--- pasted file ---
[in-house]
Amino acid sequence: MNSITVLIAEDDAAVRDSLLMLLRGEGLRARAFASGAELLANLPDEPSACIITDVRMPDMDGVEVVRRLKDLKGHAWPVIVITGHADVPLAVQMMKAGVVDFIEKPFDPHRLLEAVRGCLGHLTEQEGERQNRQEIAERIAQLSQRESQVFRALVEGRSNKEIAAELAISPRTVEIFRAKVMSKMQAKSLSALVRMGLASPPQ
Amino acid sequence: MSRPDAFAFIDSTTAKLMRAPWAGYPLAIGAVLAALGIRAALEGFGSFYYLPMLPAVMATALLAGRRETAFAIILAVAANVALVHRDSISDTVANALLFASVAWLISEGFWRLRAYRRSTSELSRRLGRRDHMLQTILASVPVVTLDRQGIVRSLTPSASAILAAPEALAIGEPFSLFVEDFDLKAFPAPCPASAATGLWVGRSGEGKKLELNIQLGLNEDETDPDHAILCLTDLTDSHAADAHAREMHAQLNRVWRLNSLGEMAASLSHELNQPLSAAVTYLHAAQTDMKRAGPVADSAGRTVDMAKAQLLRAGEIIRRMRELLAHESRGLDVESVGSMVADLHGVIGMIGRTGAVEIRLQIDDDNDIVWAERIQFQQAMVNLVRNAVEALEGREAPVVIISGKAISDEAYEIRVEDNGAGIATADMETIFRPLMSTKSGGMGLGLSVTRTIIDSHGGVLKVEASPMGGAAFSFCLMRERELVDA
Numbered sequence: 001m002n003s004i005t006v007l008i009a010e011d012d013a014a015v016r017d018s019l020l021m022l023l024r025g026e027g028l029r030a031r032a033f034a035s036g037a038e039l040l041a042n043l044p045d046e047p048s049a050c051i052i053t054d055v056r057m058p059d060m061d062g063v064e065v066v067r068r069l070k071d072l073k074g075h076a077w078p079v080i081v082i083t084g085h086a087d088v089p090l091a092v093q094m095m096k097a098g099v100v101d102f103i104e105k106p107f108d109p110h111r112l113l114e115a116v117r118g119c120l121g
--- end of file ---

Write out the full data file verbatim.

[in-house]
Amino acid sequence: MNSITVLIAEDDAAVRDSLLMLLRGEGLRARAFASGAELLANLPDEPSACIITDVRMPDMDGVEVVRRLKDLKGHAWPVIVITGHADVPLAVQMMKAGVVDFIEKPFDPHRLLEAVRGCLGHLTEQEGERQNRQEIAERIAQLSQRESQVFRALVEGRSNKEIAAELAISPRTVEIFRAKVMSKMQAKSLSALVRMGLASPPQ
Amino acid sequence: MSRPDAFAFIDSTTAKLMRAPWAGYPLAIGAVLAALGIRAALEGFGSFYYLPMLPAVMATALLAGRRETAFAIILAVAANVALVHRDSISDTVANALLFASVAWLISEGFWRLRAYRRSTSELSRRLGRRDHMLQTILASVPVVTLDRQGIVRSLTPSASAILAAPEALAIGEPFSLFVEDFDLKAFPAPCPASAATGLWVGRSGEGKKLELNIQLGLNEDETDPDHAILCLTDLTDSHAADAHAREMHAQLNRVWRLNSLGEMAASLSHELNQPLSAAVTYLHAAQTDMKRAGPVADSAGRTVDMAKAQLLRAGEIIRRMRELLAHESRGLDVESVGSMVADLHGVIGMIGRTGAVEIRLQIDDDNDIVWAERIQFQQAMVNLVRNAVEALEGREAPVVIISGKAISDEAYEIRVEDNGAGIATADMETIFRPLMSTKSGGMGLGLSVTRTIIDSHGGVLKVEASPMGGAAFSFCLMRERELVDA
Numbered sequence: 001m002n003s004i005t006v007l008i009a010e011d012d013a014a015v016r017d018s019l020l021m022l023l024r025g026e027g028l029r030a031r032a033f034a035s036g037a038e039l040l041a042n043l044p045d046e047p048s049a050c051i052i053t054d055v056r057m058p059d060m061d062g063v064e065v066v067r068r069l070k071d072l073k074g075h076a077w078p079v080i081v082i083t084g085h086a087d088v089p090l091a092v093q094m095m096k097a098g099v100v101d102f103i104e105k106p107f108d109p110h111r112l113l114e115a116v117r118g119c120l121g